This is Valerie Desjarlais from Kawacatoose First Nation, originally from Muskowekwan First Nation in Saskatchewan. Since 2010 she has been the Health Director for Touchwood Agency Tribal Council. Formerly she was an in-school liaison worker and counsellor for the four communities of Day Star, Gordon, Kawacatoose, and Muskowekwan. As well, she has done work in street outreach programming for sexually exploited women, street workers and victims of domestic violence in Regina, Saskatchewan. While in Regina, Valerie worked by day and went to school by night and obtained her Bachelor’s degree in Human Justice. She also has her Chemical Dependency Addiction certification and went on to specialize in programming such as Post-Traumatic Stress Disorder and Focusing Therapy at Red River College in Winnipeg, Manitoba. In 2007, she obtained Master Practitioner in Neurological Linguistic Programming.
Among all of her achievements in education, the essential teachings she has received is the concept of life-long learning, thanks to the people in her life that have influenced her perspective. Life-long learning is more than just learning through academia; it comes through life experiences. Our history, the way we grow up, and the connection to who we are is key in life-long learning. Cultural and traditional values and belief systems today are fragmented as a result of assimilation, acculturation policies, and colonization that has been implemented on Indigenous peoples for generations.
How we may pass on knowledge for life-long learning is through the acknowledgement of who we are, claiming our identity, and understanding where we come from. Teachings of identity is a spiritual process. Understanding family linages, clan systems, the significance of getting Indian names helps in learning your role and responsibilities in life and it is empowering.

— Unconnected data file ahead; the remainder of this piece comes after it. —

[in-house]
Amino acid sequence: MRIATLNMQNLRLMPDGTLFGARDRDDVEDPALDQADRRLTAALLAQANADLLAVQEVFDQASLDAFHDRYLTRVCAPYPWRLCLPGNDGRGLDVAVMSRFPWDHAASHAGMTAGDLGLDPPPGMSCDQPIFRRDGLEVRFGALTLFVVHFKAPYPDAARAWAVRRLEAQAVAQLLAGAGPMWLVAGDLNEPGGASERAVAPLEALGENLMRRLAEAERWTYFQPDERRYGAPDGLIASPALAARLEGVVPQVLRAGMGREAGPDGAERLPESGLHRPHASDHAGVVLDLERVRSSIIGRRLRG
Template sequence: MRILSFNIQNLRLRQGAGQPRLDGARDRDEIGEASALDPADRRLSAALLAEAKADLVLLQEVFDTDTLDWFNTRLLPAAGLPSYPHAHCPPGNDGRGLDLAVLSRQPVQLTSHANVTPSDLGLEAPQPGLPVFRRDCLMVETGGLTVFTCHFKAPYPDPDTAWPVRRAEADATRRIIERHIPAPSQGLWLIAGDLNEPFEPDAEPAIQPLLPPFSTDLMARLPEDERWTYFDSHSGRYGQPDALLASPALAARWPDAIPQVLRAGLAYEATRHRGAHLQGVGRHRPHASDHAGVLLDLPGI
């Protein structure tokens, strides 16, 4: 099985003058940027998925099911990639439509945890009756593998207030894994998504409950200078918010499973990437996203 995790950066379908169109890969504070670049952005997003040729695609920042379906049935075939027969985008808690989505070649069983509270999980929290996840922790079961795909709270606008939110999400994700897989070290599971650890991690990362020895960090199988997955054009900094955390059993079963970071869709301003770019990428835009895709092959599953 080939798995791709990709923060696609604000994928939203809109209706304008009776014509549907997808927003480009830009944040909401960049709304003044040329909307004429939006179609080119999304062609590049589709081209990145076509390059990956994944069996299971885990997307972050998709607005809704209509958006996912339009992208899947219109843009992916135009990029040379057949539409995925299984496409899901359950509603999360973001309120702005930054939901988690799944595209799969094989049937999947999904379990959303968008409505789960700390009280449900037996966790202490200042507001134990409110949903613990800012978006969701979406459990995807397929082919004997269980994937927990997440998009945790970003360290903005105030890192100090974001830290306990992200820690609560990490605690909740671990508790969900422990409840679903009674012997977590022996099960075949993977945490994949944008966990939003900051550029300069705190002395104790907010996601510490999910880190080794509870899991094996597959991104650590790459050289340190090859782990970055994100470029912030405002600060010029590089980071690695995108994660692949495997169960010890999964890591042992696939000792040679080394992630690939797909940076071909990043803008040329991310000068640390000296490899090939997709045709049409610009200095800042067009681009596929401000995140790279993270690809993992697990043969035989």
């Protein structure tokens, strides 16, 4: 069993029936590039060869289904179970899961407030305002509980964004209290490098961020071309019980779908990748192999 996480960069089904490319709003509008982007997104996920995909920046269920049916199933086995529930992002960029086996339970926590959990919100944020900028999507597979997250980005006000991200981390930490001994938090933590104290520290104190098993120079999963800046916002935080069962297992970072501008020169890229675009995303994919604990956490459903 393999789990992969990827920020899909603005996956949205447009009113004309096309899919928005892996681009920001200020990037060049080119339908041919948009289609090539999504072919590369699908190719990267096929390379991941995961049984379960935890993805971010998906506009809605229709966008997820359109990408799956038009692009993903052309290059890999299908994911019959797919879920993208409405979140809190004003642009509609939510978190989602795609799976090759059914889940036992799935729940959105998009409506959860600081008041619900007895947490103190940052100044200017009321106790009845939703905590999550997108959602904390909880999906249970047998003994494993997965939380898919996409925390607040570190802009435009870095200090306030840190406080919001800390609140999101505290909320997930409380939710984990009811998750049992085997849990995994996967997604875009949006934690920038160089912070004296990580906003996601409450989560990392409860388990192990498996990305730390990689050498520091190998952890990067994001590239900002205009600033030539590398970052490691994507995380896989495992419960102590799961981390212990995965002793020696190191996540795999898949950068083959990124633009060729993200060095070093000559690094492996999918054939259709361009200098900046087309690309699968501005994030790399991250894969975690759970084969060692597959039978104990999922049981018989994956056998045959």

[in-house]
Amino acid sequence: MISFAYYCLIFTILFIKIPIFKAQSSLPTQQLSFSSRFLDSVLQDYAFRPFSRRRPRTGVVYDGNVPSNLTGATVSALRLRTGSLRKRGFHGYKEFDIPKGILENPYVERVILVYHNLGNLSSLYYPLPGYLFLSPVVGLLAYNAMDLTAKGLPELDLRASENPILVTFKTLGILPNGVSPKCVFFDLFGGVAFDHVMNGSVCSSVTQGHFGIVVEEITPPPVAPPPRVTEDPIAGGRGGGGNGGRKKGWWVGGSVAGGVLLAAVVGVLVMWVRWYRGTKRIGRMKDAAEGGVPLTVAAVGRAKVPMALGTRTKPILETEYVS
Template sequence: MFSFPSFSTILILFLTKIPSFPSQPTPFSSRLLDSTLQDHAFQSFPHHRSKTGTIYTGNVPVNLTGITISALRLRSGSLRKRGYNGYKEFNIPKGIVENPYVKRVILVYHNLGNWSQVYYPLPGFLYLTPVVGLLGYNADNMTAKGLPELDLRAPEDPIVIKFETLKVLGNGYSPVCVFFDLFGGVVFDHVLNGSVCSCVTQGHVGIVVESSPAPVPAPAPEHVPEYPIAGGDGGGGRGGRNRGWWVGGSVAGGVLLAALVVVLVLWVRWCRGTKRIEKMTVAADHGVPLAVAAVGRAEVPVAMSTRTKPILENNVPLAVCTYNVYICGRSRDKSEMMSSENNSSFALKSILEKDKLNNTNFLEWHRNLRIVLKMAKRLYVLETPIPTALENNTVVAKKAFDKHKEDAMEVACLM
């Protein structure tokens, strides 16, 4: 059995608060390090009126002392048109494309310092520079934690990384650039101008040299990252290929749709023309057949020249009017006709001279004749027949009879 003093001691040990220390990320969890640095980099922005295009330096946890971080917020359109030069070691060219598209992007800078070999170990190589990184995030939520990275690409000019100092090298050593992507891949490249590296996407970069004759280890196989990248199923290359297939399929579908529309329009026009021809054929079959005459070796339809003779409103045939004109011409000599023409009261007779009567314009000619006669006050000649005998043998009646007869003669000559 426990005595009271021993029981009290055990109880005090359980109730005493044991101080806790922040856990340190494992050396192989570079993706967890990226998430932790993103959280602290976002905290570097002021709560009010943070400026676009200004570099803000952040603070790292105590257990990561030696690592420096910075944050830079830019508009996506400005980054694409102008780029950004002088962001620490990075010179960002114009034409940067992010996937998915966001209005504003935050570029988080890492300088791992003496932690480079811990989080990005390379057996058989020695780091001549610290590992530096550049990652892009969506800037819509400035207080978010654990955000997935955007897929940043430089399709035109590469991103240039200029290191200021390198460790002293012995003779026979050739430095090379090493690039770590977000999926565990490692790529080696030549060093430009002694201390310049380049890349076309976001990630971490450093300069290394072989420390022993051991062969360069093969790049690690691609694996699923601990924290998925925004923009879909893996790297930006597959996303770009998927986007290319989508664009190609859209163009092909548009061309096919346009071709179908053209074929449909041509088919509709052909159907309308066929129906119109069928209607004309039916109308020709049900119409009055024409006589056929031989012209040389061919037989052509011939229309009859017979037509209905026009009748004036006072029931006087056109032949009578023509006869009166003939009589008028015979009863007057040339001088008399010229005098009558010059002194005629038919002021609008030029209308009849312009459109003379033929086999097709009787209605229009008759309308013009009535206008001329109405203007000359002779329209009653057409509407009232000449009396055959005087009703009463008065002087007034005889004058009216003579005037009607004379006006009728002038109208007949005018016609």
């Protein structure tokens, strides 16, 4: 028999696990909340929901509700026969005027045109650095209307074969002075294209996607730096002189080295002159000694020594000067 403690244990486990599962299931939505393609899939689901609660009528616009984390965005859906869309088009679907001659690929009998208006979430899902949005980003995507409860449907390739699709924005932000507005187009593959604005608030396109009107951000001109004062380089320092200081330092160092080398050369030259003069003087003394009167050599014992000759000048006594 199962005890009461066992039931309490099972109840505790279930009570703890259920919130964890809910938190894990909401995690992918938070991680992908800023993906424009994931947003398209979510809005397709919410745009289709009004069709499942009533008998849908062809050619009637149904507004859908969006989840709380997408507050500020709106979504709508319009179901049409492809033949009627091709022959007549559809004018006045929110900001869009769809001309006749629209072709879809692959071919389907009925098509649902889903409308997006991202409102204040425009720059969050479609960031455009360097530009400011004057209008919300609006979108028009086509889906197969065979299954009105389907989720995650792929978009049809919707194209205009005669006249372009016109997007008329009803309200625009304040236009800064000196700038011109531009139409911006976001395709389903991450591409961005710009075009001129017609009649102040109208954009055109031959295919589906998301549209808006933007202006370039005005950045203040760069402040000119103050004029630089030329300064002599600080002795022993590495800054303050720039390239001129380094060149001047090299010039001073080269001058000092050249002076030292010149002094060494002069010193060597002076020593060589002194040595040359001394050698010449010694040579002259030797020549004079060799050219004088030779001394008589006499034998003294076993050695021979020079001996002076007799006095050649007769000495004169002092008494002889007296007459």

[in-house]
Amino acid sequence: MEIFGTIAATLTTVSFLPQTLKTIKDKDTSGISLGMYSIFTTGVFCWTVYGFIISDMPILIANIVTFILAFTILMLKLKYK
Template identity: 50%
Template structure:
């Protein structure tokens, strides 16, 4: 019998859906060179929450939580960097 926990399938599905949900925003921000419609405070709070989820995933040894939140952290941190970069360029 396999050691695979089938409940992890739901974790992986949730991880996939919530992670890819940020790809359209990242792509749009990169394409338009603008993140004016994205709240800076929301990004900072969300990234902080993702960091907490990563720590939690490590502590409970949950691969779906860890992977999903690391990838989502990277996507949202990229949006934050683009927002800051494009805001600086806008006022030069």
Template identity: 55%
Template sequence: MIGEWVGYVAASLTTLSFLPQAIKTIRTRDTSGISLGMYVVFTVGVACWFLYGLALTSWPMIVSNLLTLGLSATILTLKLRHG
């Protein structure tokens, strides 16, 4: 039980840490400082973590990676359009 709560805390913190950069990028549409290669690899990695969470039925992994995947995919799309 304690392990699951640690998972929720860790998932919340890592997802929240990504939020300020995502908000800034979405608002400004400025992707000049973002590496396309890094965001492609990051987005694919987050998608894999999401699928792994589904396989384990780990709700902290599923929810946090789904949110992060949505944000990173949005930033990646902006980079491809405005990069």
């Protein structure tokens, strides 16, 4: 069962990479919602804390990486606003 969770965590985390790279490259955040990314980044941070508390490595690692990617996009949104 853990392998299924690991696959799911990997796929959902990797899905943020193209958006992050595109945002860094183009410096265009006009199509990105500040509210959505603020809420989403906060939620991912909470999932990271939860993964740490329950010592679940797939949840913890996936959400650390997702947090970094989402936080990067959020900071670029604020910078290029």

Life-long learning is not just from Pre-K to a doctorate degree, it’s about preparing for our role in society. How things are today, we rely on institutions to teach our children what education is about. Back in the day, life was about survival and functioning – that was empowering and spiritual. Traditional ways of parenting helps shape children, and learning starts in the womb.
In traditional teachings, young moms were told to never be angry because the fetus picks up on that anger in the womb. Creator has given the gifts of our five senses, and those senses – some start in the gestational period – help how the baby is shaped when it enters this physical world. The fetus can hear its surrounding environment, so singing lullabies, being in a happy state has a positive effect. The fetus in gestation chemically absorbs what the mother is ingesting, so it is encouraged that mothers stay away from alcohol.
As well, pregnant women are discouraged from attending wakes or funerals because of the belief that the loved one who has passed may take the baby with them as they transition from this physical world to the spirit world.
Kêhtê-aya1 is the Cree word for “old wise ones,” and that is fulfilling the life-cycle of teaching. Some of the responsibilities of parents, grandparents, and the community as a whole is about empowerment from the offset – the time of conception of the next generation.
Today, we are dealing with a crisis of illnesses, diseases, addictions, poverty, and malnutrition; so our way of learning has been disrupted and has been for generations. Key aspects of life-long learning is about care and respect, especially for the baby in the womb. Teaching and passing on that knowledge of care starts by having respect for the woman carrying the child.
Back in the day, we were hunters, trappers, and gatherers for survival. We survived because of respect for life; the passed-down knowledge that animals – our brothers – were essential for sustenance; and the plants – what animals ate – were our medicines too.
As a child, Valerie remembers her family living in a mud shack and experiencing love, care, and respect for each other. However, the arrival of alcohol in her community had an effect on the values and belief systems of the people in the decades following. As a result, we are not as connected to the elements, such as: fire, water, and land, like we once were. Valerie believes if our people could go back to our roots, it would not take long for the sickness, illness, and addictions to subside because we would become reconnected in a spiritual way.
Spiritually is key and should be the result of everything that we do, and it does not matter how it is practiced as long as the intent is the same. Whatever is in our hearts should be expressed through our thoughts, through our speech and through our actions.